Problem number two, if it IS, then how in the hell can something with NOTHING in it (where’s that chap who used to post all the zeros), possibly affect one’s sense of smell ….???

    In other words, either it is NOT a true Homeopathic remedy and they are just exploiting labeling loopholes in the FDA rules, regulations and laws, OR ELSE it really IS a Homeopathic remedy and you will thereby have admitted that Homeopathic remedies can and do have a physiological effect.

    Your comments are of interest.

    Thanks.

  15. #15 MonkeyPox
    June 20, 2009

    Awww…poor little Jimmy is sad cuz someone made fun of his silly little religion. Poor baby.

  16. #16 LanceR, JSG
    June 20, 2009

    Problem number one, IS ZICAM REALLY A HOMEOPATHIC remedy?

    Hmm… let’s look at the label. Right here where it says “A Homeopathic Remedy”. Well, I guess that means it’s a homeopathic remedy.

    No True Homeopath, right?

  17. #17 James Pannozzi
    June 24, 2009

    @LanceR

    Excuse me LanceR? You GUESSED wrongly.

    The following is from an article by
    Steve Coward ND and Kristina Lewis ND, entitled
    “ZICAM IS NOT HOMEOPATHY”.

    and the full article can be read at the National Center for Homeopathy website at this link:
    http://homeopathic.org/articles/view,341

    “Zicam is also not prepared like a true homeopathic remedy. Zicam’s labeling is misleading, claiming to be a “homeopathic preparation” of “1x potency” but in reality it is simply a 10% solution of zinc gluconate. Typical homeopathic remedies are much, much more dilute, often so dilute there are no molecules of the original substance left. The manufacturers of Zicam have simply adopted homeopathic nomenclature as a deceptive way to market a 10% solution of zinc gluconate without FDA oversight. ”

    “It has long been known (since the 1930s) that intranasal zinc in the quantities found in Zicam can cause permanent loss of smell. There have been lawsuits for several years against Zicam for this loss of smell, but only this week has the FDA finally posted an official warning.”

    “To link the problems with Zicam to all homeopathic medicines is not an accurate comparison as they are two completely different entities. ”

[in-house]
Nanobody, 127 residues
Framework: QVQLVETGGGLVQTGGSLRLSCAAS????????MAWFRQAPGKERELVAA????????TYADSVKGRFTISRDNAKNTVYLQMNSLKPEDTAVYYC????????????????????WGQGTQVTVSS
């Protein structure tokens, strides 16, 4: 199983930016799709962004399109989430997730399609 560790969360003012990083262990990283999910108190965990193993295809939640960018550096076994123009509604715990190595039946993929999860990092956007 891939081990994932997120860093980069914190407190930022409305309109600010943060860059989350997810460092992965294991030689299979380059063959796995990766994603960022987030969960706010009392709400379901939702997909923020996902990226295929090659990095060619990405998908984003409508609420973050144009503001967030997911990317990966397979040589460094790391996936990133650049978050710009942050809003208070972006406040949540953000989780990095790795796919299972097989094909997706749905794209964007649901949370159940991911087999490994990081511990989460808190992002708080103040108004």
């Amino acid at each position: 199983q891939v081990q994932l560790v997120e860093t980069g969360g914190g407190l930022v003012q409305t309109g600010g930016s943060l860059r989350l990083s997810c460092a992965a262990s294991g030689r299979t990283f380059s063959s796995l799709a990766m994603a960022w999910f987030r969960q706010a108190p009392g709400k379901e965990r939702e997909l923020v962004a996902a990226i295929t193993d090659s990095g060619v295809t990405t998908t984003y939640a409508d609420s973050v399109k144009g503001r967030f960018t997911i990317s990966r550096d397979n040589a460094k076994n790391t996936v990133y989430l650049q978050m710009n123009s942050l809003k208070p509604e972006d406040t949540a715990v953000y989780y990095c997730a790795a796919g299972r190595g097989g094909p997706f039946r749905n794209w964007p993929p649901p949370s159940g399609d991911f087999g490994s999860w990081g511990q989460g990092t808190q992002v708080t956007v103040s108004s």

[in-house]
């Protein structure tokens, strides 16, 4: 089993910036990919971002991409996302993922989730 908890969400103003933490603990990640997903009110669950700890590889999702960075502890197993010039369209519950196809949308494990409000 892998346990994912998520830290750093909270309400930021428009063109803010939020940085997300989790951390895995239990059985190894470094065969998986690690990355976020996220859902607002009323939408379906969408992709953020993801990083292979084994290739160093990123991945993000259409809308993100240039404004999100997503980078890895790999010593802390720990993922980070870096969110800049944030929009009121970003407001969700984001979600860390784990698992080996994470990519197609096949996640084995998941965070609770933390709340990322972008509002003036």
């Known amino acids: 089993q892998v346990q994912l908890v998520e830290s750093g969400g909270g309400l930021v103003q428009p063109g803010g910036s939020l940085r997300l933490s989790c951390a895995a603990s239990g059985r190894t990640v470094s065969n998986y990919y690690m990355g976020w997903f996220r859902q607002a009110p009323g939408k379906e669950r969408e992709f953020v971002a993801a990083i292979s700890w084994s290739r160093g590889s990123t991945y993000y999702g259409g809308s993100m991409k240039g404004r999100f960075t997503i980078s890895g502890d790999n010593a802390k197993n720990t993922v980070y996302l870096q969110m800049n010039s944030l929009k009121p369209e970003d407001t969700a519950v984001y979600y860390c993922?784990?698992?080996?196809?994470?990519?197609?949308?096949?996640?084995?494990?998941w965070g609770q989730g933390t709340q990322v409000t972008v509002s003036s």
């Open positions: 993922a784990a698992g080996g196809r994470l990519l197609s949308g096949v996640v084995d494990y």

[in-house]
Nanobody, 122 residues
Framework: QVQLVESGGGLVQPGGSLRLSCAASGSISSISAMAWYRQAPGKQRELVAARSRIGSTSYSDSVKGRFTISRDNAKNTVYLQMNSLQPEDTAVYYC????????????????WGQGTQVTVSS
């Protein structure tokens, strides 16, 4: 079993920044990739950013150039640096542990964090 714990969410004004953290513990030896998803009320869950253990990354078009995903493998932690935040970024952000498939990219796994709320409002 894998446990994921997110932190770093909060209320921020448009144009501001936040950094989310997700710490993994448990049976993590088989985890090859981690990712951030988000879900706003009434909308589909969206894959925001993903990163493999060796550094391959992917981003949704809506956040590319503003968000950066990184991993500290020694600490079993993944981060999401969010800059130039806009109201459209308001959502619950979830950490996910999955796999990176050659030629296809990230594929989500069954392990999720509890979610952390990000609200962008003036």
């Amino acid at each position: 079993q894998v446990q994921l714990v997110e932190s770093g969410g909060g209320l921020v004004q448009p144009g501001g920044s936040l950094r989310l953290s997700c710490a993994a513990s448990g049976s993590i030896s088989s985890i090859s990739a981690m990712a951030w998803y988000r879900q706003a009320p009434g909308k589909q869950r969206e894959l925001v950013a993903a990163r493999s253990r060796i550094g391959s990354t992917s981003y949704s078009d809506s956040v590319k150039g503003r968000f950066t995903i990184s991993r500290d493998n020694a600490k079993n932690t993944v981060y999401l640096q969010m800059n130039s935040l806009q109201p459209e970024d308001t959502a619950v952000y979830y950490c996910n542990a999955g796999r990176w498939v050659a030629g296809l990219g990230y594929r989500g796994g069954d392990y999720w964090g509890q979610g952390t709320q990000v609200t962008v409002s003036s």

But all this is, I’m sure, irrelevant to those who will seize at any opportunity, however unscientific, even if obviously misrepresentative, to attack alternative medicine.

    I understand how threatening modern science can be to old and established academic satrapies. Along comes a new discovery and a life time of works gets wiped or at least superseded. Look at Professor Thompson’s insistence that the Mayan glyphs were absolutely not phonetic. Any graduate student that dared go against that would promptly have his or her career ruined by an avenging Dr. Thompson. Within months of Thompson’s death, a Russian scientist, who had bothered to learn the modern and still spoken descendants of ancient Mayan, proved him wrong.

    Skepticism in science is good, it is a necessity – but unreasoning skepticism, irrational skepticism, skepticism that needs to misrepresent facts in order to protect itself is NO good.

  18. #18 LanceR, JSG
    June 24, 2009

    Yep. No True Homeopath. You got anything substantive? The National Center for Homeopathy is not exactly what I’d call an unbiased source. Seems to me homeopaths were happy enough to include Zicam (Which did have some small efficacy) before we discovered the horrendous side effects. Now they are running away from it like scurrying rats.

    Which is, of course, exactly the “No True Scotsman” defense.

  19. #20 LanceR, JSG
    July 1, 2009

    Screaming irrelevancy. No true homeopath defense.

    You got anything substantive, Jimmy? Didn’t think so.